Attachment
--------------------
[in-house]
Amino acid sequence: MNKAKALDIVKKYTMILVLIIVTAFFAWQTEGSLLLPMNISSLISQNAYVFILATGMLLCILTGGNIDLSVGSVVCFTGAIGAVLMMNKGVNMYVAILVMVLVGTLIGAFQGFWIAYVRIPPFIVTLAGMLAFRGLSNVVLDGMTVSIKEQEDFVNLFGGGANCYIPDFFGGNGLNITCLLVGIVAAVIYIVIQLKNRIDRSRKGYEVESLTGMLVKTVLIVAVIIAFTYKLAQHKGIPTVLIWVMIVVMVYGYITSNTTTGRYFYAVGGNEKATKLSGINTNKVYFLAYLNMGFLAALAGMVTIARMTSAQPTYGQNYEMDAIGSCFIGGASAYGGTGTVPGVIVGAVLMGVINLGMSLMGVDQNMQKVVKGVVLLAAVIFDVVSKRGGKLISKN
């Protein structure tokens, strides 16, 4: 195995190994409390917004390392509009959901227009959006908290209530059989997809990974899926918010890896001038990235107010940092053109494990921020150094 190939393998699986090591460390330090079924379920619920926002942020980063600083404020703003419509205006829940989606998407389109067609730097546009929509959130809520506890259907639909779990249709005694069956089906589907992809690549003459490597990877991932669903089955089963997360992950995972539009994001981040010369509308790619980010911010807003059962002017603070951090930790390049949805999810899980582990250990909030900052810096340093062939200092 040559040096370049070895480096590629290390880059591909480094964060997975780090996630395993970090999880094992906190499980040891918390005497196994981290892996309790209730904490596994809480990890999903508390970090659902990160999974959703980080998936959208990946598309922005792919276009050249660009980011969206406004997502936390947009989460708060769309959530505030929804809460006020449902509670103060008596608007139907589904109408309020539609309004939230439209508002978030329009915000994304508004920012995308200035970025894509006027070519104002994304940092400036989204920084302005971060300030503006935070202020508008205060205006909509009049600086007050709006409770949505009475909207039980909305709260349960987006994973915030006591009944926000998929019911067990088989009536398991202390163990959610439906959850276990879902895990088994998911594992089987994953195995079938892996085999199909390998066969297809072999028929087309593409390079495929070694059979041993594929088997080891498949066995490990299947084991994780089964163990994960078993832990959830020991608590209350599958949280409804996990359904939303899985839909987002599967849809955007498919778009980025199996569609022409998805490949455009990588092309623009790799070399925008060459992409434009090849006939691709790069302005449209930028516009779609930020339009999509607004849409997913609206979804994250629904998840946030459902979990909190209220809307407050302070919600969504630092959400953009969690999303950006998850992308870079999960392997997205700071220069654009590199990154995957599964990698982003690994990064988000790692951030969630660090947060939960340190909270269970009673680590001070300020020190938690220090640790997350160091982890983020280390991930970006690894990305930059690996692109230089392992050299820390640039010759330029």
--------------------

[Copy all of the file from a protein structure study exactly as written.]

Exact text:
[in-house]
Amino acid sequence: MNKAKALDIVKKYTMILVLIIVTAFFAWQTEGSLLLPMNISSLISQNAYVFILATGMLLCILTGGNIDLSVGSVVCFTGAIGAVLMMNKGVNMYVAILVMVLVGTLIGAFQGFWIAYVRIPPFIVTLAGMLAFRGLSNVVLDGMTVSIKEQEDFVNLFGGGANCYIPDFFGGNGLNITCLLVGIVAAVIYIVIQLKNRIDRSRKGYEVESLTGMLVKTVLIVAVIIAFTYKLAQHKGIPTVLIWVMIVVMVYGYITSNTTTGRYFYAVGGNEKATKLSGINTNKVYFLAYLNMGFLAALAGMVTIARMTSAQPTYGQNYEMDAIGSCFIGGASAYGGTGTVPGVIVGAVLMGVINLGMSLMGVDQNMQKVVKGVVLLAAVIFDVVSKRGGKLISKN
């Protein structure tokens, strides 16, 4: 195995190994409390917004390392509009959901227009959006908290209530059989997809990974899926918010890896001038990235107010940092053109494990921020150094 190939393998699986090591460390330090079924379920619920926002942020980063600083404020703003419509205006829940989606998407389109067609730097546009929509959130809520506890259907639909779990249709005694069956089906589907992809690549003459490597990877991932669903089955089963997360992950995972539009994001981040010369509308790619980010911010807003059962002017603070951090930790390049949805999810899980582990250990909030900052810096340093062939200092 040559040096370049070895480096590629290390880059591909480094964060997975780090996630395993970090999880094992906190499980040891918390005497196994981290892996309790209730904490596994809480990890999903508390970090659902990160999974959703980080998936959208990946598309922005792919276009050249660009980011969206406004997502936390947009989460708060769309959530505030929804809460006020449902509670103060008596608007139907589904109408309020539609309004939230439209508002978030329009915000994304508004920012995308200035970025894509006027070519104002994304940092400036989204920084302005971060300030503006935070202020508008205060205006909509009049600086007050709006409770949505009475909207039980909305709260349960987006994973915030006591009944926000998929019911067990088989009536398991202390163990959610439906959850276990879902895990088994998911594992089987994953195995079938892996085999199909390998066969297809072999028929087309593409390079495929070694059979041993594929088997080891498949066995490990299947084991994780089964163990994960078993832990959830020991608590209350599958949280409804996990359904939303899985839909987002599967849809955007498919778009980025199996569609022409998805490949455009990588092309623009790799070399925008060459992409434009090849006939691709790069302005449209930028516009779609930020339009999509607004849409997913609206979804994250629904998840946030459902979990909190209220809307407050302070919600969504630092959400953009969690999303950006998850992308870079999960392997997205700071220069654009590199990154995957599964990698982003690994990064988000790692951030969630660090947060939960340190909270269970009673680590001070300020020190938690220090640790997350160091982890983020280390991930970006690894990305930059690996692109230089392992050299820390640039010759330029």